Anyone not living under a rock would have a hard time seeing and saying that social media hasn’t invaded our lives. Companies brand themselves while depicting the images of the various social media avenues. We as a society practically speak in hashtags now. As fast and furious as social media came into our lives, have we really stopped to take a good, hard look at its impacts, benefits, and potential dangers.
Pastor, author, and speaker Craig Groeschel does just that in his book “#struggles.” In the introduction, Groeschel writes, “We’re becoming addicted to immediate gratification even as we attempt to control how others perceive us by what we post, pin, and tweet.” But he doesn’t spend the entire booking talking about the evils of social media or throwing the baby out with the bathwater, he points out truths and takes a more detailed look at just what social media has done to change the way that we see, ourselves, others, and the world around us.
Each chapter starts with quotes from both famous people and random people. The quotes are a helpful picture of a truth as well as a revealing look at just what the negative impacts of social media have been on those whose quotes appear. The chapter are spent focusing on how to recover, restore, reveal, resurrect, revive, remember, reclaim, and replenish some of the key character qualities that can easily be diminished if we allow social media to replace face-to-face relationships in our lives. The areas that he focuses on that have been degraded or diminished are contentment, intimacy, authenticity, compassion, integrity, encouragement, worship, and rest.
Groeschel shares his heart and his own struggles with social media. There’s no denying that he and his church have been the benefactors of social media. His church, LIfeChurch.tv, is located in the suburbs of Oklahoma City, Oklahoma. In fact, his church created the popular “YouVersion Bible” app for Apple and Android devices. But in his own brand of self-deprecating humor and with all of the passion and conviction that he brings in his messages, Groeschel walks through “#struggles” and points continually to what the responsibility of those who follow Christ should be in the midst of a social media driven world.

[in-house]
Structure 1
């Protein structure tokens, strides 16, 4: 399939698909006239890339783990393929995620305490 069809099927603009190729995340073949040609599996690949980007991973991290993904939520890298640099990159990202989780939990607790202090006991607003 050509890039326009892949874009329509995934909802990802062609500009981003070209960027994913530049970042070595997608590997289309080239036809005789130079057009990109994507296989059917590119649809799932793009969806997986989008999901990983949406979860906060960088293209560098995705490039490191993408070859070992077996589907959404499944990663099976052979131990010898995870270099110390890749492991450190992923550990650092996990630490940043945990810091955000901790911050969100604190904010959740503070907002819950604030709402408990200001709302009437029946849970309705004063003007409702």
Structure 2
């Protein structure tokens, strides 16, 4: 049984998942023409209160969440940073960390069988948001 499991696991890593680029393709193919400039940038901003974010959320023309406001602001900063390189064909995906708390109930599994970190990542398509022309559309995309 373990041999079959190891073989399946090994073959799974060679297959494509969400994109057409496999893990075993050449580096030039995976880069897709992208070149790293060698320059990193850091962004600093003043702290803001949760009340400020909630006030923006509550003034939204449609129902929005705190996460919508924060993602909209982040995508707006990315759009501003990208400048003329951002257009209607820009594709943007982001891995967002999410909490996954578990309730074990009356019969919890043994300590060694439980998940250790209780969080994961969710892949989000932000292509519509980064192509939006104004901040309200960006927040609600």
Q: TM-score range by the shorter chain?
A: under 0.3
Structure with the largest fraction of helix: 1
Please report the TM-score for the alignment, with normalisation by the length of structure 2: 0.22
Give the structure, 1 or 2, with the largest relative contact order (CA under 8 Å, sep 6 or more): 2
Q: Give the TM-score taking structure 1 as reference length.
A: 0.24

The appendix at the end of the book contains two helpful sections. One section is on the 10 commandments of using social media to grow your faith and share God’s love. The other section is on safeguards that can be found to help with devices, computers, television, and other things to keep you and the ones you love from going astray. Both of these are helpful resources to remind those reading who are followers of Christ just what our mission and focus should be, regardless of whether we are doing something digitally or in person.
Throughout the book, Groeschel offers challenges in a compelling way rather than through guilt. He shows the importance of face to face relationships and reminds the reader that honest to goodness caring, “means taking some action. It’s getting ourselves involved so we can make a difference in a life. Clicking doesn’t change anything. Caring is not Liking a post; it’s loving a person.” He urges the reader to move beyond digital interaction to restore relationships that happen across a table or even phone line.
I have appreciated Craig Groeschel and his winsome edginess since I discovered who he was more than ten years ago. This book is no exception. I appreciate that he engages a topic that is necessary and yet upon which there are varying opinions. He’s not shy about speaking his mind but he also does not necessarily condone an ostrich approach towards culture, sticking your head in the ground and pretending everything’s just fine. “#struggles” is a helpful read for those of us who are trying to make sense of our place or the place of our children as followers of Christ with social media.
(This review is based upon a copy of this book which was provided free of charge from Booklook Bloggers. These opinions are my own; I was not required to write a positive review, nor was I compensated for this review.)